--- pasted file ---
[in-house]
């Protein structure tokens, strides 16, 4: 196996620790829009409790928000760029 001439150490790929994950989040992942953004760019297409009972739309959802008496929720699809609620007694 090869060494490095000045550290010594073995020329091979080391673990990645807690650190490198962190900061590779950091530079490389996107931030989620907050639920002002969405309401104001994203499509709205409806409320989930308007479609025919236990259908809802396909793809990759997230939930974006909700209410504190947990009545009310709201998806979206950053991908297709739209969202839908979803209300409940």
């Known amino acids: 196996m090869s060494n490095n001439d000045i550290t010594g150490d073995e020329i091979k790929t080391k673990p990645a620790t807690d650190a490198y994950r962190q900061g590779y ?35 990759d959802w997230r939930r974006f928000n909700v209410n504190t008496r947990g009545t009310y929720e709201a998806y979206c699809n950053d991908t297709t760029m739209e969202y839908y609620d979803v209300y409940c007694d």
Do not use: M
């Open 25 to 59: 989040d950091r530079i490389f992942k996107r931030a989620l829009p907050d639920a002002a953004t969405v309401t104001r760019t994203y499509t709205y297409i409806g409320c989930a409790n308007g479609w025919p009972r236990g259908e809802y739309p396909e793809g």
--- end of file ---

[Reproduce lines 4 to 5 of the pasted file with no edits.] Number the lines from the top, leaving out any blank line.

Do not use: M
């Open 25 to 59: 989040d950091r530079i490389f992942k996107r931030a989620l829009p907050d639920a002002a953004t969405v309401t104001r760019t994203y499509t709205y297409i409806g409320c989930a409790n308007g479609w025919p009972r236990g259908e809802y739309p396909e793809g």